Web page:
The logic seemed unassailable. Cabrera has been a real plus on defense over the course of his career. Last year he even put up an impressive 14 runs over the average shortstop, but his glove has also averaged 7 runs over average at a premium position for three years.
Of course, his offense has been a drag on his value. Over his valuable last three years, he’s given up almost 4 runs a year with his bat. Even so, most teams would agree with his $26 million dollar value over the last three years, especially if that player came with a $4 million dollar price tag.
Then came this year. The player himself said it best to the San Francisco Chronicle: “I suck. I don’t even know how to describe it. … I suck. For real.” So what’s going on with this year’s disasterpiece? Perhaps we can use his offensive numbers to figure out what he’s lost on defense.
There are a couple issues with his plate discipline. While his walk rate and strikeout rate are right in line with his career numbers, his reach rate is up a little (27.2% over 24.1% career). With a 93.6% zone contact rate, he could stand to take advantage of that strength by reaching less often. This is nitpicking, however.
His batted ball rates are actually all perfectly in line with his career averages. It is eerie actually how Cabrera’s line drive, ground ball and fly ball rates are right in line with what he’s always done. In April, he hit 62 balls without getting a single one over 100 mph, but without historical data, it’s hard to say much about those numbers. He was never much of a slugger anyway.
No, he was more of a speedster. Since 2001, he’s averaged 21 stolen bases and a 5.3 four-component speed score. This year, he’s down to two stolen bases (against four caught-stealings) and a speed score half his average (2.5). His BABIP, a number that is tied to speed, is in a three-year decline. That’s more than a step slow, that seems like a leg or foot injury… or a quick decline.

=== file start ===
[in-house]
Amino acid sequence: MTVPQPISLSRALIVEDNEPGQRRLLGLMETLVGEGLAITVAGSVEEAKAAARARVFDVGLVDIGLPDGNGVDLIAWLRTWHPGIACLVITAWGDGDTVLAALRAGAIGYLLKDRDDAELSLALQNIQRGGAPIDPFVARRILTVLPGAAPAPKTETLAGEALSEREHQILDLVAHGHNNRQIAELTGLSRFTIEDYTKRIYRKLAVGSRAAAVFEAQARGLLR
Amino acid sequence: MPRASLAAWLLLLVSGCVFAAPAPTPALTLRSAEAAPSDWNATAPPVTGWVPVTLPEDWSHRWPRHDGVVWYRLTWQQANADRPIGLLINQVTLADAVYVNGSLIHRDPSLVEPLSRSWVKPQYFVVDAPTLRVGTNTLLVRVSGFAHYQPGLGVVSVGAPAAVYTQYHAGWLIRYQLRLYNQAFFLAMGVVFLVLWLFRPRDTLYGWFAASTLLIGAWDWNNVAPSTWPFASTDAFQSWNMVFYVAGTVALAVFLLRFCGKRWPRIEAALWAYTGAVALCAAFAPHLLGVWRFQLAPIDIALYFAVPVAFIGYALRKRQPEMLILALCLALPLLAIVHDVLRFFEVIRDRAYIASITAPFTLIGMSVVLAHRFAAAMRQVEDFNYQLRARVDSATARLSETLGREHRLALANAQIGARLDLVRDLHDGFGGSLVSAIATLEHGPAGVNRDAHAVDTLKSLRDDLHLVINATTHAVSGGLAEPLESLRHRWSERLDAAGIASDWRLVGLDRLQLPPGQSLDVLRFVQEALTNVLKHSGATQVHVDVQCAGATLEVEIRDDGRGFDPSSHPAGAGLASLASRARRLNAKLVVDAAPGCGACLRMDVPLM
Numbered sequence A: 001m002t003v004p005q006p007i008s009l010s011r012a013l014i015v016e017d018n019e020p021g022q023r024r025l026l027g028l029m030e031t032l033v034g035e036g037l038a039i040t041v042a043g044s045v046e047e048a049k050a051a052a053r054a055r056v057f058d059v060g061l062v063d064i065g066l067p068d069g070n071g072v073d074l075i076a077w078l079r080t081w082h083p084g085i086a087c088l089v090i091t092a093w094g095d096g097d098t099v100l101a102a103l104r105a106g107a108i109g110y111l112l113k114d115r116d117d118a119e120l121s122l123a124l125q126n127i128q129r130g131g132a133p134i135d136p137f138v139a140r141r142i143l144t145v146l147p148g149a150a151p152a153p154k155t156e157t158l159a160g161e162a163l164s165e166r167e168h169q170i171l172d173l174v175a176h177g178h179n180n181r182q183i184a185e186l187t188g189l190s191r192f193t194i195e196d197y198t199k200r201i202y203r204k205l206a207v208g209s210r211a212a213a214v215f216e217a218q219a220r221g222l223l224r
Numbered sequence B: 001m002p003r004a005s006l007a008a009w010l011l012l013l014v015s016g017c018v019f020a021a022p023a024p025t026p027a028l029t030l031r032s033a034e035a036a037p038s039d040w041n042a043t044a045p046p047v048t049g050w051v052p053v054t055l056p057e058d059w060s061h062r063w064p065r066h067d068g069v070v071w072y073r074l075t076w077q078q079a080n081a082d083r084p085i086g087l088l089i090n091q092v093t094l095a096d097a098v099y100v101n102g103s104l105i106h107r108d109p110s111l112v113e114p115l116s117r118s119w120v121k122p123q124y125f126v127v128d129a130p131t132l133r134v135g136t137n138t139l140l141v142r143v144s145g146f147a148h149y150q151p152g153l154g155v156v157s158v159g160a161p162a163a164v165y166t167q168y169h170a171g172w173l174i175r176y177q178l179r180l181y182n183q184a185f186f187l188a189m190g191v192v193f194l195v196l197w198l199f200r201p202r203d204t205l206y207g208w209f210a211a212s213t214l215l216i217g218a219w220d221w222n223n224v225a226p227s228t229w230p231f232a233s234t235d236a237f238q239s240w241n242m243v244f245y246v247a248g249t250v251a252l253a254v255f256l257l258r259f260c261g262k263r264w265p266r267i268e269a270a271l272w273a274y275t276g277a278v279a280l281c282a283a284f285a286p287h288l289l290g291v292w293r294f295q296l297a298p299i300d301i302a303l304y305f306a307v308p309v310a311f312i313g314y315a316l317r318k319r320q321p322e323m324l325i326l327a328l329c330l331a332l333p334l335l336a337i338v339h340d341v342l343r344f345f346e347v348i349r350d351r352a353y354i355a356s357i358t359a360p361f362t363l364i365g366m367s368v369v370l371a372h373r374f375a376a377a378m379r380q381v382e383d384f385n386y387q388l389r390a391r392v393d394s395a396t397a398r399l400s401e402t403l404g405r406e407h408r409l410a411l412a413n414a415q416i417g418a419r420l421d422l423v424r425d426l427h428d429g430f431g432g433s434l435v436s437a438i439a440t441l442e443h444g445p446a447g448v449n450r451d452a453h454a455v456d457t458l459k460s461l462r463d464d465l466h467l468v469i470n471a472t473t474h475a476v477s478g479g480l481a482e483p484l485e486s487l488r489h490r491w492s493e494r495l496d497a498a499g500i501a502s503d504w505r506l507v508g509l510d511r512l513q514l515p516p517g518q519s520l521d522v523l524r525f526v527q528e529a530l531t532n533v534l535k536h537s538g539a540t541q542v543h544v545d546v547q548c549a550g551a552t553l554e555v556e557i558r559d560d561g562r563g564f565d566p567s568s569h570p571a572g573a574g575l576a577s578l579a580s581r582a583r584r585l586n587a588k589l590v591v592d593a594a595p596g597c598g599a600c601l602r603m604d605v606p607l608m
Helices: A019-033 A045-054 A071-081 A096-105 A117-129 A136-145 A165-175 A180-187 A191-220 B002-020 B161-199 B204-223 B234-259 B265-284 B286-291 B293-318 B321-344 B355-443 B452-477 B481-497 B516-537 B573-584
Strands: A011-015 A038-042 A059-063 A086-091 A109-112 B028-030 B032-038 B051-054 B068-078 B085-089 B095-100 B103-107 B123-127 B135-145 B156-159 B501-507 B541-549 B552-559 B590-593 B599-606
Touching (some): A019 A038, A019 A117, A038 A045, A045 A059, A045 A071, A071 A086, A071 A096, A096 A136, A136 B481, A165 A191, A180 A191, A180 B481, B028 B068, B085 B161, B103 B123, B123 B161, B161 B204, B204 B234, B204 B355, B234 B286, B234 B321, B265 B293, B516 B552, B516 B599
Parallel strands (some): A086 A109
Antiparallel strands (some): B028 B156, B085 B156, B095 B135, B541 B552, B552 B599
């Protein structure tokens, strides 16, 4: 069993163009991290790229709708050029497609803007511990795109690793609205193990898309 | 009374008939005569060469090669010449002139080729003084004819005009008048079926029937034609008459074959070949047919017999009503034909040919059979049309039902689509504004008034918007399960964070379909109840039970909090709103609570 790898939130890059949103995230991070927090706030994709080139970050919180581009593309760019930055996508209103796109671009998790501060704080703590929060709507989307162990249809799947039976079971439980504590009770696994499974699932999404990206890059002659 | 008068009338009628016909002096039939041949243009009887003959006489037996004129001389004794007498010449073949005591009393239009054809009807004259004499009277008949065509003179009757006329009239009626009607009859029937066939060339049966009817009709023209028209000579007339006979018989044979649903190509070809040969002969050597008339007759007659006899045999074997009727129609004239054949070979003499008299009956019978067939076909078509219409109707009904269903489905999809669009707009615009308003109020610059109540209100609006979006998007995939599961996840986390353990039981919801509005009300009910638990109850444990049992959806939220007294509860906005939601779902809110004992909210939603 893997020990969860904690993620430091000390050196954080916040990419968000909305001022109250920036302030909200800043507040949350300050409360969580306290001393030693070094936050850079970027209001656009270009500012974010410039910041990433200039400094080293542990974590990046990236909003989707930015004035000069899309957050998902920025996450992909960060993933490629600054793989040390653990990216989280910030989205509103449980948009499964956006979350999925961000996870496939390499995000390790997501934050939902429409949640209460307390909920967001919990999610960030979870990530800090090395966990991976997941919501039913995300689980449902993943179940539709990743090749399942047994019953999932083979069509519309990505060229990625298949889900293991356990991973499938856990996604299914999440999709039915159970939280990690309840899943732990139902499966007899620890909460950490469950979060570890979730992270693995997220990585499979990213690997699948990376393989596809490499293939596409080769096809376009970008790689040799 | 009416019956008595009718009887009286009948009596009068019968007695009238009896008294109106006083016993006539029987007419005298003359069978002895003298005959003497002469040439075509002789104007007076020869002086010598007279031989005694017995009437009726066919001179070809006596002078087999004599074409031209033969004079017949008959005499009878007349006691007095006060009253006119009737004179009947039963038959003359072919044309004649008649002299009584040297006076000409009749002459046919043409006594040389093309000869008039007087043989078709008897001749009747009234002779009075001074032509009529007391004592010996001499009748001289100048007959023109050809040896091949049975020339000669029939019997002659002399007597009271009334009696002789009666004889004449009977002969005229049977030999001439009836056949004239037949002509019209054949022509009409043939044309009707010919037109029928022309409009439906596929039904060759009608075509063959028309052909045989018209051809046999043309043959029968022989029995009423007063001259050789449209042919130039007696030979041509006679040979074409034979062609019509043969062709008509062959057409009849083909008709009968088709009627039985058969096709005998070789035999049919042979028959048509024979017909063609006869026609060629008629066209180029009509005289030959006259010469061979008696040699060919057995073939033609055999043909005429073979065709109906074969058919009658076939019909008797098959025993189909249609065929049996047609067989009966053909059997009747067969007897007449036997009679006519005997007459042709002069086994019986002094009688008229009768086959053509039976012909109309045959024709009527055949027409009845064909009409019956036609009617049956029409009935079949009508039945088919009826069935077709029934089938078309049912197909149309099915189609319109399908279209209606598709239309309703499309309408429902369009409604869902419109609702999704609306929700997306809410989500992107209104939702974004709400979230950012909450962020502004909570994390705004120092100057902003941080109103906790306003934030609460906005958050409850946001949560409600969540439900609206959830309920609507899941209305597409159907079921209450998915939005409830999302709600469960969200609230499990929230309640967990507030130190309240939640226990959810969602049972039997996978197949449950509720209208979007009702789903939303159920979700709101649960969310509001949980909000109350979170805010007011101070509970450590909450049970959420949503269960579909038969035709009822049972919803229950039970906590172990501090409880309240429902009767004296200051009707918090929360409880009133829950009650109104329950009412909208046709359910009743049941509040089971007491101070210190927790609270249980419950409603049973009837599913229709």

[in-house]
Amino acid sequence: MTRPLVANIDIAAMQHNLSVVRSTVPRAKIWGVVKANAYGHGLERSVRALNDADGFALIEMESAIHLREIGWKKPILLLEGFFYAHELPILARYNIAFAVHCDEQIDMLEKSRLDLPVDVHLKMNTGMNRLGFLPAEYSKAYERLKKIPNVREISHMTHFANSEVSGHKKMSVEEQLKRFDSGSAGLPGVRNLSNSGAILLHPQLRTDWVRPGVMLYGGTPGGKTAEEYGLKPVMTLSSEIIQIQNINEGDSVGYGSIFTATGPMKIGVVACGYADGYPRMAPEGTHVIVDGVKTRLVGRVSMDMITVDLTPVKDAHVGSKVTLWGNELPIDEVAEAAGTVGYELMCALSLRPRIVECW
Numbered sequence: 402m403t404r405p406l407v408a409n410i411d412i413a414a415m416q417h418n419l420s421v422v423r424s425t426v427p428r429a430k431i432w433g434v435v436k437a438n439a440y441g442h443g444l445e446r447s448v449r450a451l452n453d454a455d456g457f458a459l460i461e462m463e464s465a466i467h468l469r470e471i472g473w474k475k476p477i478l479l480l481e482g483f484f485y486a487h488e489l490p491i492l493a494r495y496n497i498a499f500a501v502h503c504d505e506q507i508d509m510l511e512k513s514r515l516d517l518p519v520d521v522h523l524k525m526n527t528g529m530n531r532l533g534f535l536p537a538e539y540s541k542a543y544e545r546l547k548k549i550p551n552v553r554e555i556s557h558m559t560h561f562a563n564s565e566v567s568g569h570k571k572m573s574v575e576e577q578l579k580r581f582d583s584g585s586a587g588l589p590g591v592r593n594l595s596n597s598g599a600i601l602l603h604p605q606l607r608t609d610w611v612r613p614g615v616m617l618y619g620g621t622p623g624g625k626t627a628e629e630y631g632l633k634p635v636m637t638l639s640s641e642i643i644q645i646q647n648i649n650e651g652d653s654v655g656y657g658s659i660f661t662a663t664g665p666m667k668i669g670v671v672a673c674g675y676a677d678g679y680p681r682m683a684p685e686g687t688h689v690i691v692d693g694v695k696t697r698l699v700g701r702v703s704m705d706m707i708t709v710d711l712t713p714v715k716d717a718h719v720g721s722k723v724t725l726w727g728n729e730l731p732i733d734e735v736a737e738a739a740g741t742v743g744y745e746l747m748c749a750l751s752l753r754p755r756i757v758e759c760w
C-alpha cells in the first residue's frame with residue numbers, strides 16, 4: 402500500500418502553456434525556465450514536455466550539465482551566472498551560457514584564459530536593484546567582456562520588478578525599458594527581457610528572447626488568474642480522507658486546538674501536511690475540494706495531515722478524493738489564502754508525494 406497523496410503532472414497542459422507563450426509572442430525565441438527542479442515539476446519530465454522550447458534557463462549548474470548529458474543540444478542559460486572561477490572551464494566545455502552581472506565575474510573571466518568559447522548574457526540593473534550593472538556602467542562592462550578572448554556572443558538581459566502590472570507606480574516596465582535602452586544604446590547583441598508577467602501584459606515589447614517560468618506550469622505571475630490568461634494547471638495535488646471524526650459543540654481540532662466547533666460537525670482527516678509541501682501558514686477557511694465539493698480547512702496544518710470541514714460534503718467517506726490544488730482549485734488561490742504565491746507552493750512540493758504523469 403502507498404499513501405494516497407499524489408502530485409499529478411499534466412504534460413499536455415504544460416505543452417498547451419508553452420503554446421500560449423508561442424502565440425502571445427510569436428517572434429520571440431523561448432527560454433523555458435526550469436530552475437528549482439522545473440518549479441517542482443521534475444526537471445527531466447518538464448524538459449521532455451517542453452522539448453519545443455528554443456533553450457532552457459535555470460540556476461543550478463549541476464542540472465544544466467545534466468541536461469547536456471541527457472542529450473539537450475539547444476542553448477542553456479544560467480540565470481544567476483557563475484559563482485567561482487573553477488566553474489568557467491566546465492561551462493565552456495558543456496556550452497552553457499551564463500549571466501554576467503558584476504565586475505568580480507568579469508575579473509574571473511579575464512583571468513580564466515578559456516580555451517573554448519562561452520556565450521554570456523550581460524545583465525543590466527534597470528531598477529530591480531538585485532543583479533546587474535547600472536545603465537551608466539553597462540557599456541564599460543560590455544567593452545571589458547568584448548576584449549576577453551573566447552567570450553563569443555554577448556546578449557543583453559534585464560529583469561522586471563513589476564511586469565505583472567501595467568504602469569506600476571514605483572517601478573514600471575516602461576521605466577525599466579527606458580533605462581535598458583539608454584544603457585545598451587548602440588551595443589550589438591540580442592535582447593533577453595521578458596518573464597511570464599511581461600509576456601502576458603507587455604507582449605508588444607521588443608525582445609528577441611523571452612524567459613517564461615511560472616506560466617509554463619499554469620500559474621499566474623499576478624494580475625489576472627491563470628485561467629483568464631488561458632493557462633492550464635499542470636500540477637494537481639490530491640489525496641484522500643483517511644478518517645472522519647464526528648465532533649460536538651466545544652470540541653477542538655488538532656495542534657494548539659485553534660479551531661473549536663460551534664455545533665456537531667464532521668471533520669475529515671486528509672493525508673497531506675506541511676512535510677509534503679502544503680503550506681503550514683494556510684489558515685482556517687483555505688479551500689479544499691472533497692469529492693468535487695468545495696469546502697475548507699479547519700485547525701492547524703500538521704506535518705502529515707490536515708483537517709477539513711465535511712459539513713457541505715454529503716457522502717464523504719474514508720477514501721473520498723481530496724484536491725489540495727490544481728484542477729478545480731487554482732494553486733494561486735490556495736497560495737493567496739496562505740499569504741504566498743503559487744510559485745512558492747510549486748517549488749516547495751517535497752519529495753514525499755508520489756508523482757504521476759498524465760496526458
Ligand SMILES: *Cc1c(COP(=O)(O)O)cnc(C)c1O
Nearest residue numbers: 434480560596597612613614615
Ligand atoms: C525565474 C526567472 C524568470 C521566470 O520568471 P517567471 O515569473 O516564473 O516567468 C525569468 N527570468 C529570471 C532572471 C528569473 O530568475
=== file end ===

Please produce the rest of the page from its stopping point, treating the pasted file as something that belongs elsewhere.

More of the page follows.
Consider that his speed score, which was never elite in the first place, is actually in a four-year decline. His stolen-base success rate in 2008 was his lowest since 2001. It certainly looks like Orlando Cabrera has lost a step – or even more than a step. Since speed is a big part of both his offensive and defensive game, it follows that his value has quickly entered a decline phase.
Maybe this isn’t so surprising for a 34-year-old middle infielder. What is surprising is that, by using his speed score and offensive numbers, we can possibly spot a loss of speed that isn’t evident in his defensive component numbers. If he has slowed, you wouldn’t have seen it in his Range Factor, Range Runs Above Average, or Ultimate Zone Ratings over the past three years. His defensive numbers just fell off a cliff this year, with little warning. It seems that defensive statistics could use some more refining.
Either that, or Cabrera is just having an unlucky start (.250 BABIP) and a little trouble getting his motor going.